The idea here, much as it should be with football, is BE PATIENT, people. Weber’s 2020 recruiting class (if it sticks together) has a chance to be the best to come into Manhattan since a junior college coach named Dana Altman came to Manhattan to be on Lon Kruger’s staff and brought along some Missouri juco players named Mitch Richmond, Charles Bledsoe and Will Scott.
No, I’m not predicting that any of those recruits will be of Richmond’s ilk. But I AM saying that there’s reason to smile as you scream as the roller coaster careens downhill this year. And it will.
But this will end up being a fun ride before it’s all over.
Third, Mike Matheny and the Royals.
No, Dayton Moore and Mike Matheny aren’t the Kansas City version of a baseball “God Squad.” And no, there won’t be “organized brainwashing” going on in Spring Training in a few months in Surprise, Arizona.
Sure, Moore and Matheny would be the first to tell you that their faith and beliefs guide every move they make in life. They both have the type of foundational belief that is a common denominator for most successful leaders.
It might be a belief in God. It might be a belief in an unwavering set of principles. Heck, it could even be a belief in lower taxes or universal health care.
But show me a leader who can’t articulate what’s REALLY important to her or him, and I’ll show you someone who isn’t REALLY a leader at all.
Much has been made of the “Matheny Manifesto” that the new Royals manager wrote when he was just “Little League Coach Mike” after his big league playing days had ended.
What that document – which was later made into a book – really set out to do was put on paper a set of foundational beliefs as to what made for good baseball teams.
If you believe all of the negative press Matheny got near the end of his St. Louis managerial tenure, this hire scares the bejeezus out of you. And if you believe that Matheny is the wonder boy that his first three years at the helm of the Cardinals might have you thinking he is, you’re probably also mistaken.
But Moore isn’t a dummy. He’s had Matheny around for a year, just like he did Ned Yost before hiring him. He knows Matheny’s positives and negatives likely better than anyone but Matheny’s wife and children.
And, even knowing “warts and all” about Matheny, Moore trusted the future of the Royals franchise – and Moore’s legacy – with his new manager.
Matheny admits he’s spent the last year-plus learning about himself, the game, and how to better deal with others.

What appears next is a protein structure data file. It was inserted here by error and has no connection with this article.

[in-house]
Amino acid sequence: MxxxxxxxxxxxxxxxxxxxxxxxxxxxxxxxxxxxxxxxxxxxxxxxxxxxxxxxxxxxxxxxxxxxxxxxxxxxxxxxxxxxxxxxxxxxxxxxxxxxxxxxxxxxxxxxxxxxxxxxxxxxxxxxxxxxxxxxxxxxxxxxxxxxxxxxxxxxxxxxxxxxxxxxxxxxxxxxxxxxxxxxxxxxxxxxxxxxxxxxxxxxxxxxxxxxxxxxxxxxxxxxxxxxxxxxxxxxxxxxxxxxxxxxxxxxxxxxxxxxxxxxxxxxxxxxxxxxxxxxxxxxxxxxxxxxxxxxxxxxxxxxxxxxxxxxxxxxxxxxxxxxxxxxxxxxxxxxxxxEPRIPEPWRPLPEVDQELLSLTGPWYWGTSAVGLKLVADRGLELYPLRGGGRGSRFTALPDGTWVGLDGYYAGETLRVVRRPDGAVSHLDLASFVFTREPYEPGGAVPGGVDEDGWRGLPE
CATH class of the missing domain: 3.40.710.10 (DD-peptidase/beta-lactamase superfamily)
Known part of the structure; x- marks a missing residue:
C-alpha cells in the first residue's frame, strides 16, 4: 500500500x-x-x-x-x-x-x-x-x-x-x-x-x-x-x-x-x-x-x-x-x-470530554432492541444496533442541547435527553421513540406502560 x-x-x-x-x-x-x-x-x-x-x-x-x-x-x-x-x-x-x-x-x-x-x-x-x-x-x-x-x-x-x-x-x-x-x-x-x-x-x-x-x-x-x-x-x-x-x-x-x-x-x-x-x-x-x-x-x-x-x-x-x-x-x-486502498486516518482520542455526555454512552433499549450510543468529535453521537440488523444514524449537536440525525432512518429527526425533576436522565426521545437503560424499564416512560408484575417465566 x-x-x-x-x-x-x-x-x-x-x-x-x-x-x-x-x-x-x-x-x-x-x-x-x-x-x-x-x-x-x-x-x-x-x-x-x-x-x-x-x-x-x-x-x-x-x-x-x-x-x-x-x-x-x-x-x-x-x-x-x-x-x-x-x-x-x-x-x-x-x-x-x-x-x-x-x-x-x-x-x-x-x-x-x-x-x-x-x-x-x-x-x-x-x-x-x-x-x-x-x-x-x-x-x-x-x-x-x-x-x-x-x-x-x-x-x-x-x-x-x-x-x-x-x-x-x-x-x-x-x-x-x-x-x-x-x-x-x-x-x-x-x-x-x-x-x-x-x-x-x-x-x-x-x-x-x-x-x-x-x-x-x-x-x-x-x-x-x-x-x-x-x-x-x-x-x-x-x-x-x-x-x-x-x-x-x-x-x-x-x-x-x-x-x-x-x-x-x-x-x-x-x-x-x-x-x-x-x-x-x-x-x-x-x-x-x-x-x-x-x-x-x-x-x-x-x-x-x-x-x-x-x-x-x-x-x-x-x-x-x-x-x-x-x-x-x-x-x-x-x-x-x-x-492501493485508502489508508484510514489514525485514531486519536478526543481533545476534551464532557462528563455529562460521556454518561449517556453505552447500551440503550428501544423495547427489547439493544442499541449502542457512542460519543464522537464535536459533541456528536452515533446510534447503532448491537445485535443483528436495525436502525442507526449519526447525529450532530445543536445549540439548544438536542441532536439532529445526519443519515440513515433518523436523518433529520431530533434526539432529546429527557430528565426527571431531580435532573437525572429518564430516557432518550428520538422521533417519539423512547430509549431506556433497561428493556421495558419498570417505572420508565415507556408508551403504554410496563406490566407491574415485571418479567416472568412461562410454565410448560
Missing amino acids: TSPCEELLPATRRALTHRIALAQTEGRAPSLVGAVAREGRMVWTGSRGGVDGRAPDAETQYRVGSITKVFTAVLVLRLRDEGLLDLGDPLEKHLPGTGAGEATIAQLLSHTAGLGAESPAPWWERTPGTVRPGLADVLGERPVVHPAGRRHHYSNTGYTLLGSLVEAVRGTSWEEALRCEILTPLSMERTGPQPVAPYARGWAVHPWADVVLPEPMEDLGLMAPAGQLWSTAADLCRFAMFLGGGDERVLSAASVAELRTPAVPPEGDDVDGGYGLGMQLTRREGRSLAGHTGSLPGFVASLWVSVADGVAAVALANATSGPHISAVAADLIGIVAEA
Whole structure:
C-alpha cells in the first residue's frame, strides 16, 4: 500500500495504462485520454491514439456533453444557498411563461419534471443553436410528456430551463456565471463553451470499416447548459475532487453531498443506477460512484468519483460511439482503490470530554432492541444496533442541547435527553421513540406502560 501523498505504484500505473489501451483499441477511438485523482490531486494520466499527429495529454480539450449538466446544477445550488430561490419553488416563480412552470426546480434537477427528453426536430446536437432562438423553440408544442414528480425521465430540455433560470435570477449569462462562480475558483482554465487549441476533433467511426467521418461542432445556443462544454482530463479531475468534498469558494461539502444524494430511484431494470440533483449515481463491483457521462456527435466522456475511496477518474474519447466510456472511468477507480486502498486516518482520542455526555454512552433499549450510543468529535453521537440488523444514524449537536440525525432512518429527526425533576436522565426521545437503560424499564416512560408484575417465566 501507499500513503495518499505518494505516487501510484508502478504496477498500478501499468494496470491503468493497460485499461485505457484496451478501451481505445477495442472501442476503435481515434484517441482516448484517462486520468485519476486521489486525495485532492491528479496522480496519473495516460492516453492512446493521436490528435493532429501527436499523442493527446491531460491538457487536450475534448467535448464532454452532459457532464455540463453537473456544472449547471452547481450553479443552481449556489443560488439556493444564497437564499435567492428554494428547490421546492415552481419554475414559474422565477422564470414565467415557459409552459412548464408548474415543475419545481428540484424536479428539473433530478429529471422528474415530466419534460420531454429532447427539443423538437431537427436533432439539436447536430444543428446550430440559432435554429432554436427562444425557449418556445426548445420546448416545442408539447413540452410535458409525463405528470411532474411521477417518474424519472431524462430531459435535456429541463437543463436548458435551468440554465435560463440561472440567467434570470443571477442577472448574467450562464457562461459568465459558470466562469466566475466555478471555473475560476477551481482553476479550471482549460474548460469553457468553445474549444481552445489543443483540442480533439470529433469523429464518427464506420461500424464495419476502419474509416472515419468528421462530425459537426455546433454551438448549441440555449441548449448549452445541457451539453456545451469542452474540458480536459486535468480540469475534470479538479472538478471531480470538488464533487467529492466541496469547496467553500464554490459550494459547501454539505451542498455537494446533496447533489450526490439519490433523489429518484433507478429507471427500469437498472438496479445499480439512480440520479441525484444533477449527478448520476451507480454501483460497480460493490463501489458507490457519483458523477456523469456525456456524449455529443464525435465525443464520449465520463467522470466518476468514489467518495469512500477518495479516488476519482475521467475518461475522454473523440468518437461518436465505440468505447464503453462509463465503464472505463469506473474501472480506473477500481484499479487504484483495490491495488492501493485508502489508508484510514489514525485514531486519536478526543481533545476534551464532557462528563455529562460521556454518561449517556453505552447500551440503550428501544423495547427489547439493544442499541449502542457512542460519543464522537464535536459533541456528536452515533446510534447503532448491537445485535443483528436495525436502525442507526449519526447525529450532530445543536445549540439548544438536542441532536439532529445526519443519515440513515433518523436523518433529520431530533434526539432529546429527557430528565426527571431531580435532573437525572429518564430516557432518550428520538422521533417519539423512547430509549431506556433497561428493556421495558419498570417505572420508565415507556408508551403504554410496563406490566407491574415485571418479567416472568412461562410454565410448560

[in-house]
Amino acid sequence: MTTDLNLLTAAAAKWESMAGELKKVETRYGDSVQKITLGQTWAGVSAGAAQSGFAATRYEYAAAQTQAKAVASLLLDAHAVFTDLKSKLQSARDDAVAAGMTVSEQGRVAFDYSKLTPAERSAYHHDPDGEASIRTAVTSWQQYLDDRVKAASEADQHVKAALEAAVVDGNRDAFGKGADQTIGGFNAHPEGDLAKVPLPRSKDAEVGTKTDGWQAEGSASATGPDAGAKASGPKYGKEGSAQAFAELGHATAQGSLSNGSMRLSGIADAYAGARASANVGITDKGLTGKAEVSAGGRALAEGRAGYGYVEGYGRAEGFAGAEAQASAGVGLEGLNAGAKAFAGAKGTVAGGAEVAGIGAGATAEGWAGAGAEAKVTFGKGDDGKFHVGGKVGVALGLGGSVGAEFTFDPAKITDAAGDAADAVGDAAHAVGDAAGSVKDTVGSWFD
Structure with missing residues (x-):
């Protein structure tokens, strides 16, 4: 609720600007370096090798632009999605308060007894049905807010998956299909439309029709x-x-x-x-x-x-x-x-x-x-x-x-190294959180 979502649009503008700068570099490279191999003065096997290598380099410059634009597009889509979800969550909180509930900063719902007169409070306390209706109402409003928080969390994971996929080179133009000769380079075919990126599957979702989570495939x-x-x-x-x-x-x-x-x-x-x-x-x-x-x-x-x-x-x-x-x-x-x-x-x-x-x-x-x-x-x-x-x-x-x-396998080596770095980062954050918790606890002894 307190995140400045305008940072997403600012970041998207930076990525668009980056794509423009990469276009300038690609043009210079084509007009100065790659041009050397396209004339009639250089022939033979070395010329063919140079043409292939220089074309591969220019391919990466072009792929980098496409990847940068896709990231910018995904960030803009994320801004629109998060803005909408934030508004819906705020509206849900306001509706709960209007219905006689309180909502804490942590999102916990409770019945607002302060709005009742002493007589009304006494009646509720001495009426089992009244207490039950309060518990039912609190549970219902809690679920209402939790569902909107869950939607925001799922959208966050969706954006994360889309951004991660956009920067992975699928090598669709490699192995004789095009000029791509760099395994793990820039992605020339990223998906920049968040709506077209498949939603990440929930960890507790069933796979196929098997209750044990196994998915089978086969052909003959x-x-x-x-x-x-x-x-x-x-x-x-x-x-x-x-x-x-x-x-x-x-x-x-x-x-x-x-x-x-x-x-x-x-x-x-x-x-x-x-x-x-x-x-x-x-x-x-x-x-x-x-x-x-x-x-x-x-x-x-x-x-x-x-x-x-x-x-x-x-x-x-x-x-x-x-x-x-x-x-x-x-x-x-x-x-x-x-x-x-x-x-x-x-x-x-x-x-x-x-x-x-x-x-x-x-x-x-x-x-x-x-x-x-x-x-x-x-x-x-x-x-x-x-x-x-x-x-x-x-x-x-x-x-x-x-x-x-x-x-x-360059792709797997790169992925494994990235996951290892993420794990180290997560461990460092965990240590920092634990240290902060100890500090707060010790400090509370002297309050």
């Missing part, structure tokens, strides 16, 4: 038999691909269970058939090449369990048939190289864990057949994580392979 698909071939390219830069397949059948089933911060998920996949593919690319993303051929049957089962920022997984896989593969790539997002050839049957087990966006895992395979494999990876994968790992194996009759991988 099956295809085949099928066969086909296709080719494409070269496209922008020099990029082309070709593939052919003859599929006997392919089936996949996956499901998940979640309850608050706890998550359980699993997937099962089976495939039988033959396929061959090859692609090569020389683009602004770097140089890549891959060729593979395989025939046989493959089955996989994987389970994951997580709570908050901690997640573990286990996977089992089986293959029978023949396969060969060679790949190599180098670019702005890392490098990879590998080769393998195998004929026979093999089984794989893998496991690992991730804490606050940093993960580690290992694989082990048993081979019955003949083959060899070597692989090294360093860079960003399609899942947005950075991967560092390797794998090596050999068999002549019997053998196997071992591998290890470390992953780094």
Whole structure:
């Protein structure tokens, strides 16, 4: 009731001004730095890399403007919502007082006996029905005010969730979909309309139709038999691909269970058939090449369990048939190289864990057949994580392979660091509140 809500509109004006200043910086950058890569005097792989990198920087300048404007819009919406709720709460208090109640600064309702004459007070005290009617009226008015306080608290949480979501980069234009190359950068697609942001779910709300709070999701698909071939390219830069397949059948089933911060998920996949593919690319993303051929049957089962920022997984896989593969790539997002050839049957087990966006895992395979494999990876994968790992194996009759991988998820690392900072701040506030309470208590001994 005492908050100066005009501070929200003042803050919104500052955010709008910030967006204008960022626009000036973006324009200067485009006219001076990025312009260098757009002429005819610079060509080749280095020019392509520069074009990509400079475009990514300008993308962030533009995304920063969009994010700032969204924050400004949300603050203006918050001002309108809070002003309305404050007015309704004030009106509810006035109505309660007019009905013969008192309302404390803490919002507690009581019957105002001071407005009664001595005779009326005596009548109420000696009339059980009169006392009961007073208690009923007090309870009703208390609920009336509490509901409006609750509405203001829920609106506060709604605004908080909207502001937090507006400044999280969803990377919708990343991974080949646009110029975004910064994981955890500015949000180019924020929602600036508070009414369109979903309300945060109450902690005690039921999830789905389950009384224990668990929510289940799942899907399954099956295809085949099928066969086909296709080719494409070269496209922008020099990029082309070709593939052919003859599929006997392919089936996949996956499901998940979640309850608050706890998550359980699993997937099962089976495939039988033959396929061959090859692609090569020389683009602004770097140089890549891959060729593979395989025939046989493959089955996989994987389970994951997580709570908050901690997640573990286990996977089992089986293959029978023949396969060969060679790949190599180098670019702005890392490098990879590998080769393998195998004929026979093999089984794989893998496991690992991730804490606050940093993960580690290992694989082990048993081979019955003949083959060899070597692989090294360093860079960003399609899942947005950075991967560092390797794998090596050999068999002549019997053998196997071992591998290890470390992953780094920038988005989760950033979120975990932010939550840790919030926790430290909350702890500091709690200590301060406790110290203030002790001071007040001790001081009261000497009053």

If he’s truly learned from that introspection, and he holds to those core beliefs that we spoke to earlier, all of us who support the Royals will be just fine – whether or not we want to share a pew with M & M in church.
Fourth, and finally, MVPat and our Chiefs.
Patrick Mahomes is like that awesome new toy we got as a kid. We played with that thing non-stop, and had the absolute time of our lives. We never wanted to put the toy down. We played with that thing morning, noon and night. And then the battery ran out.
And we got scared.
Would the toy ever work again? What were we going to do without it? How would we survive?
Then we got new batteries, installed them in the toy, and we were off and running again – literally playing with that toy until it simply no longer functioned.
Fear not, Chiefs fans. Our lives are not about to come to an end. And our time without batteries for our toy IS about over…for now.
Patrick Mahomes is back tomorrow for the Chiefs when they battle the Titans in Nashville.
For those who suggested holding Mahomes out for yet another week, here’s my take: Relax. The two groups with the ABSOLUTE MOST to lose here – the Chiefs franchise and Mahomes himself – have deemed it the right thing to do to have him play.
They’ve green-lighted putting batteries back in the toy and cranking that sucker back up.
So, let’s do it and see how long we can enjoy the heck out of the thing.
Because the kid’s a blessing. A once-in-a-lifetime talent.
But we’re not promised tomorrow, so since the team and Patrick himself have said “he’s a go,” let’s enjoy the heck out of our “todays.”
And we can worry about finding a new toy in a decade or two.